The Sacraments of Initiation

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It would be tempting to think that the process of initiation (see Becoming Catholic: the RCIA) is over with the final alleluia of the Easter Vigil. However, the life of discipleship and mission has only just begun. To make this clear, the newly initiated enter into a fourth stage that coincides with the Easter season. This stage is called the Period of Postbaptismal Catechesis or Mystagogy. During this period they reflect on what they experienced during the Easter sacraments, they participate in the Eucharist, they meditate on God’s word, and they participate in the life and mission of the parish.

The sacraments of initiation

We address each of these sacraments individually, but here we consider them together. The first thing to note is that we are always in need of initiation into the Body of Christ. We are a people on a journey. First to define our terms, it is not intended to undermine the significance of our initial encounter with the three sacraments of initiation. Instead, it is meant to highlight their importance. The sacraments of Initiation are essential moments in themselves, but they also present a paradigm that governs the ongoing Christian conversion experience. You are baptised into the life of Christ, and each day you are being baptised into his life. You are confirmed in the Holy Spirit, and each day you are being offered the Holy Spirit’s gifts and his healing. You are brought into communion with Christ and his body, and each day you are being called more deeply into that communion. To relate to these realities only as past experiences with which we are no longer concerned is to fail to understand what they were all about in the first place. Each of us is continually on a pilgrimage that will only reach its goal and achieve its purpose when we come face-to-face with the One for whom (and by whom) we have been created.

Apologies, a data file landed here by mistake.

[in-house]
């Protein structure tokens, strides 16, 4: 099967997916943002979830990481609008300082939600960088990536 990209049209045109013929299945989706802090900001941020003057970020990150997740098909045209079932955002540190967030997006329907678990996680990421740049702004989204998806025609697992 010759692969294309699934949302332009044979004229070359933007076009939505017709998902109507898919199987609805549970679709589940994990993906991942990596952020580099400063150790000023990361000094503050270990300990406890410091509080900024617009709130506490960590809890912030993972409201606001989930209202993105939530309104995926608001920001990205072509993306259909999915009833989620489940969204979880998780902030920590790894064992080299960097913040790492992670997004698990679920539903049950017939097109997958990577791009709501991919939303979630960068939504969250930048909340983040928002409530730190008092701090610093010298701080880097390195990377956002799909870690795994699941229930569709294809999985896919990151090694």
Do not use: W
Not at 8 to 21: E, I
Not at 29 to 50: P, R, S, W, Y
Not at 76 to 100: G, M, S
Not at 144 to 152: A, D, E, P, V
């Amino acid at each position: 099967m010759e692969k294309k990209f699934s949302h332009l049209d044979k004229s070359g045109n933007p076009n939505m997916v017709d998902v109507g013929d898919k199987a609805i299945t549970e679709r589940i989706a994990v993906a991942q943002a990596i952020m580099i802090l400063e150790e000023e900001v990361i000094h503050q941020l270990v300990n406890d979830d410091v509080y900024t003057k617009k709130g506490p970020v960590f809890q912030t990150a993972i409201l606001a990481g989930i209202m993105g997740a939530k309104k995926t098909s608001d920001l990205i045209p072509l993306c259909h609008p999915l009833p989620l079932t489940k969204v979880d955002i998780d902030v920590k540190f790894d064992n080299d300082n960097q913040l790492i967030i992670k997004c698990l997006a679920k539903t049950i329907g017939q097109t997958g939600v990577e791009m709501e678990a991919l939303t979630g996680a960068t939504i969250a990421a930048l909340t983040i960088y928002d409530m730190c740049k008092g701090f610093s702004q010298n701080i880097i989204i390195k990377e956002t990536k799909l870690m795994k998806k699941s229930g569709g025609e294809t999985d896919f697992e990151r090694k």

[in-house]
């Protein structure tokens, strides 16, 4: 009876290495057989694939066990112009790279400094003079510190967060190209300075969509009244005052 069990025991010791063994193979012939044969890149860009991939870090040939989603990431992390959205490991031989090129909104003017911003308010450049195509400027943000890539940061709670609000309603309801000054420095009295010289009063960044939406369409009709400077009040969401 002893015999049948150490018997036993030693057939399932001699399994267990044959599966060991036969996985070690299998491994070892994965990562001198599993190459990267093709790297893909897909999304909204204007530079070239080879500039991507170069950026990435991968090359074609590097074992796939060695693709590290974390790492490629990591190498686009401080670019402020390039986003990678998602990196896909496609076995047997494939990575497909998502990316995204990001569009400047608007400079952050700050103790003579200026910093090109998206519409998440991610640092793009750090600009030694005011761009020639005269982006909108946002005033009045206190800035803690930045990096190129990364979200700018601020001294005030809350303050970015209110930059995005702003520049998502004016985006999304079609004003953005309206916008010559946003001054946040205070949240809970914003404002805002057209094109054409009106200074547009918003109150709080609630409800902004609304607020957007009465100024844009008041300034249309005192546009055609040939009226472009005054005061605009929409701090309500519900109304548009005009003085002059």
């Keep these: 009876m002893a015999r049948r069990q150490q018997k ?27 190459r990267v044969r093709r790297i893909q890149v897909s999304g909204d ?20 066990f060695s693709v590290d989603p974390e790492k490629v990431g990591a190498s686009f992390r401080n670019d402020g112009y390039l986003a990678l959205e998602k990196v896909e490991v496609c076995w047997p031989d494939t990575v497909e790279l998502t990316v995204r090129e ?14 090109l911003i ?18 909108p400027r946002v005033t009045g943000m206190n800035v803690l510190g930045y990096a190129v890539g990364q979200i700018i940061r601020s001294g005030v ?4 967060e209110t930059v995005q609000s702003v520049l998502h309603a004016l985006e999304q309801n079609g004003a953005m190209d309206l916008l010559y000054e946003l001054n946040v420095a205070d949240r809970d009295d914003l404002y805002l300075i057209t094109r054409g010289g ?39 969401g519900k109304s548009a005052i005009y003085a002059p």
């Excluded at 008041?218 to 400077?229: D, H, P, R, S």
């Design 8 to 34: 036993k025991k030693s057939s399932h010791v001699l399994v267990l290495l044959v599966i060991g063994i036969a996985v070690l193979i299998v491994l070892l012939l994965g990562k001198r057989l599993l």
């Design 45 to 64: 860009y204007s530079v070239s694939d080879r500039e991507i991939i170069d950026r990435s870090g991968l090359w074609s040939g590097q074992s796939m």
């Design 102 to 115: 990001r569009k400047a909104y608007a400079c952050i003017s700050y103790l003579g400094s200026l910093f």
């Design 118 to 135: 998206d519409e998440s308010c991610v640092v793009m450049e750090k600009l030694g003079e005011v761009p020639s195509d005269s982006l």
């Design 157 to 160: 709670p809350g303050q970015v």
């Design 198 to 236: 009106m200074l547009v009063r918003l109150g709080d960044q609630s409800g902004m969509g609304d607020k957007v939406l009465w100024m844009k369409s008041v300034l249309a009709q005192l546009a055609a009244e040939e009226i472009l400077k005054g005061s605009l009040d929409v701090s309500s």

That having been said, the significance of these sacraments is not limited to their ongoing relevance. They are also what could be described as ‘culmination’ sacraments. That is to say, they represent the culmination of what God has already been bringing about in the lives and hearts of the individuals who experience them. The action of God predates the reception of the sacraments themselves, and the spiritual effect that each of the sacraments brings about is already operative in the experience of the individual concerned. If this were not the case, the desire to receive the sacrament would not be operative.[1]

Understanding that these sacraments are both pre-echoed and echoed in the life of an individual is perhaps helped with an image: a stone dropped in a pond. The sacramental experience itself is that stone. The pond is a person’s life. The ripples radiate out in all directions – both forwards and backwards. So it is that the whole of a person’s life is sanctified: past, present, and future. Therefore we can say that the catechumen is no stranger to the sacraments he or she is receiving, as the grace of the sacraments has already been operative in his or her life to bring him or her to the moment of receiving those sacraments. The sacraments of initiation are, in many ways, merely the culmination of what has already been happening in the spiritual life of the individual.[2]

[1] This observation is premised on the spiritual journey of the adult catechumen. An obvious complexity arises in the case of children (particularly infants). The same considerations apply but in a modified form.
[2] It is for this reason that the Church contends that, in circumstances where the sacraments cannot be received, the grace of the sacrament is still operative. The person who desires the life that Christ alone can give is not denied that life if circumstances prevent the reception of the sacraments of initiation.
 

Acknowledgements
Original text by Shane Dwyer
Photo By Michael King

NIHIL OBSTAT
Fr Anthony Mellor, 30 October 2019

IMPRIMATUR
Archbishop Mark Coleridge, Archbishop of Brisbane, 30 October 2019

Reviewed
30 October 2019